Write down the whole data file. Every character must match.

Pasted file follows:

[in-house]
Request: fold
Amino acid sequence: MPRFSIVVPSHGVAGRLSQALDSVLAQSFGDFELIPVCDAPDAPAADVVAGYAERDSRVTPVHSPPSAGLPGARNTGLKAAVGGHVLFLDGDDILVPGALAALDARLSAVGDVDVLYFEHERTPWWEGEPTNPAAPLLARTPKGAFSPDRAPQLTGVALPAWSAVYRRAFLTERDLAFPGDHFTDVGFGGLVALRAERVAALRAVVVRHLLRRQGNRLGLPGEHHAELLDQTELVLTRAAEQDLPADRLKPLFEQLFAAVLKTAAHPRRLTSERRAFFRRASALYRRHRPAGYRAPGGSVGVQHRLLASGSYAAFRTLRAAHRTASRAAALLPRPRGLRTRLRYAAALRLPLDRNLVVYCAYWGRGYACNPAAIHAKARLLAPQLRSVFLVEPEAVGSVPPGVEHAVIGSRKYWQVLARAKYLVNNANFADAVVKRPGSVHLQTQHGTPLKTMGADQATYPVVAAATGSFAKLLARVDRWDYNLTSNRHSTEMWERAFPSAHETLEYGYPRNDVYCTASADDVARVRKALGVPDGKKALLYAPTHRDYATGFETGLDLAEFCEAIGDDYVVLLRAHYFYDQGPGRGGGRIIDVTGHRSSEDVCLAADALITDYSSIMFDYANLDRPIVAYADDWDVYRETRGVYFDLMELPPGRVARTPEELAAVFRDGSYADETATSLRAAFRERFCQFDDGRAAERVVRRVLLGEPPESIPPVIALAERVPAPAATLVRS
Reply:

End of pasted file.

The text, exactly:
[in-house]
Request: fold
Amino acid sequence: MPRFSIVVPSHGVAGRLSQALDSVLAQSFGDFELIPVCDAPDAPAADVVAGYAERDSRVTPVHSPPSAGLPGARNTGLKAAVGGHVLFLDGDDILVPGALAALDARLSAVGDVDVLYFEHERTPWWEGEPTNPAAPLLARTPKGAFSPDRAPQLTGVALPAWSAVYRRAFLTERDLAFPGDHFTDVGFGGLVALRAERVAALRAVVVRHLLRRQGNRLGLPGEHHAELLDQTELVLTRAAEQDLPADRLKPLFEQLFAAVLKTAAHPRRLTSERRAFFRRASALYRRHRPAGYRAPGGSVGVQHRLLASGSYAAFRTLRAAHRTASRAAALLPRPRGLRTRLRYAAALRLPLDRNLVVYCAYWGRGYACNPAAIHAKARLLAPQLRSVFLVEPEAVGSVPPGVEHAVIGSRKYWQVLARAKYLVNNANFADAVVKRPGSVHLQTQHGTPLKTMGADQATYPVVAAATGSFAKLLARVDRWDYNLTSNRHSTEMWERAFPSAHETLEYGYPRNDVYCTASADDVARVRKALGVPDGKKALLYAPTHRDYATGFETGLDLAEFCEAIGDDYVVLLRAHYFYDQGPGRGGGRIIDVTGHRSSEDVCLAADALITDYSSIMFDYANLDRPIVAYADDWDVYRETRGVYFDLMELPPGRVARTPEELAAVFRDGSYADETATSLRAAFRERFCQFDDGRAAERVVRRVLLGEPPESIPPVIALAERVPAPAATLVRS
Reply: